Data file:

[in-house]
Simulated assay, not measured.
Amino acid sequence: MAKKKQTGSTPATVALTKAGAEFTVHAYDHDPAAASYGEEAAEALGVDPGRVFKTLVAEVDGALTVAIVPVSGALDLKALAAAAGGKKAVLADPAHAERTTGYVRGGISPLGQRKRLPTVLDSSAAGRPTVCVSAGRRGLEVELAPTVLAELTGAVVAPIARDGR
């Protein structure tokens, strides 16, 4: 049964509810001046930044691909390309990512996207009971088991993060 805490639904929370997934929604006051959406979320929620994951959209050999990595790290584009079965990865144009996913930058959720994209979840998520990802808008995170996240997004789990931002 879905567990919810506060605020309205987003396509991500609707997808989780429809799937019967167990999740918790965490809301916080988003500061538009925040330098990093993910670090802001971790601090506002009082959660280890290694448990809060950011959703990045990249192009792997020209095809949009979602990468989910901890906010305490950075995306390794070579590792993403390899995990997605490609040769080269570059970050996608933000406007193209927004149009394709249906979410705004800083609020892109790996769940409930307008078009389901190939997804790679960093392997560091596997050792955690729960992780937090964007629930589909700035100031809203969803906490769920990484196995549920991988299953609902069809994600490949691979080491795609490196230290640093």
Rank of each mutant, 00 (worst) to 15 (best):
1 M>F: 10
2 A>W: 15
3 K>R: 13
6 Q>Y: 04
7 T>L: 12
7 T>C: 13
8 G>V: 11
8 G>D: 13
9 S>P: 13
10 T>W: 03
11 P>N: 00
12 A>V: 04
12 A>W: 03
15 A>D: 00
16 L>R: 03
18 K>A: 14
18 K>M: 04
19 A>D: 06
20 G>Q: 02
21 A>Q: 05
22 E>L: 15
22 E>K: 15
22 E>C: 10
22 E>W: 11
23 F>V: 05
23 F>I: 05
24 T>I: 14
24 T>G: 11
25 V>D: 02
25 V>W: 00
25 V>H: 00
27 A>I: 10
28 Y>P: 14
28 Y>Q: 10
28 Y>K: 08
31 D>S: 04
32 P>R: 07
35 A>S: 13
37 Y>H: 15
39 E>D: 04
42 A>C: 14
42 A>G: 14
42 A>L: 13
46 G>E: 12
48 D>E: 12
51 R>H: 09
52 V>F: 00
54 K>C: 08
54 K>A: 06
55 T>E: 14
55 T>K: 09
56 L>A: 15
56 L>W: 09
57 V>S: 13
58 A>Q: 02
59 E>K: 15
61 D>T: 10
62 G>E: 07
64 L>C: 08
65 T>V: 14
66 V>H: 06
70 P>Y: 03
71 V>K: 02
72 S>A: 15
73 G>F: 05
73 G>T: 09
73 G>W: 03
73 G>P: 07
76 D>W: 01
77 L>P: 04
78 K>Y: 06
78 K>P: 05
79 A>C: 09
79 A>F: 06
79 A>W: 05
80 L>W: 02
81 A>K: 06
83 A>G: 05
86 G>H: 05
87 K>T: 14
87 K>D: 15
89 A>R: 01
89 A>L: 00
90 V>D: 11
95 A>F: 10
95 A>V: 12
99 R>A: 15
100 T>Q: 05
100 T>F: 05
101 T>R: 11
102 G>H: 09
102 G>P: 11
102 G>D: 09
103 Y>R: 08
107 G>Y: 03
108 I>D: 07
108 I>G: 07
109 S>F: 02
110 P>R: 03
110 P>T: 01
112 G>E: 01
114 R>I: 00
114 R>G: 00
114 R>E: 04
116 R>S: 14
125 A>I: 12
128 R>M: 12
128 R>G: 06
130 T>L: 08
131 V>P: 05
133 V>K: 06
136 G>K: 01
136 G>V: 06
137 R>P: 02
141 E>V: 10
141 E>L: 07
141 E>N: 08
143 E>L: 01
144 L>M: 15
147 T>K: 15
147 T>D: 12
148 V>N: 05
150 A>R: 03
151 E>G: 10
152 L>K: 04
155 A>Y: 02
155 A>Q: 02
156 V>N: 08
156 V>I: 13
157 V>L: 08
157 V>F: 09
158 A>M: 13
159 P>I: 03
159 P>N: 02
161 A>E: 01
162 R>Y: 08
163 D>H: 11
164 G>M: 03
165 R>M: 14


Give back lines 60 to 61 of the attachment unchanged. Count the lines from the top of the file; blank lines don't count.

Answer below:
58 A>Q: 02
59 E>K: 15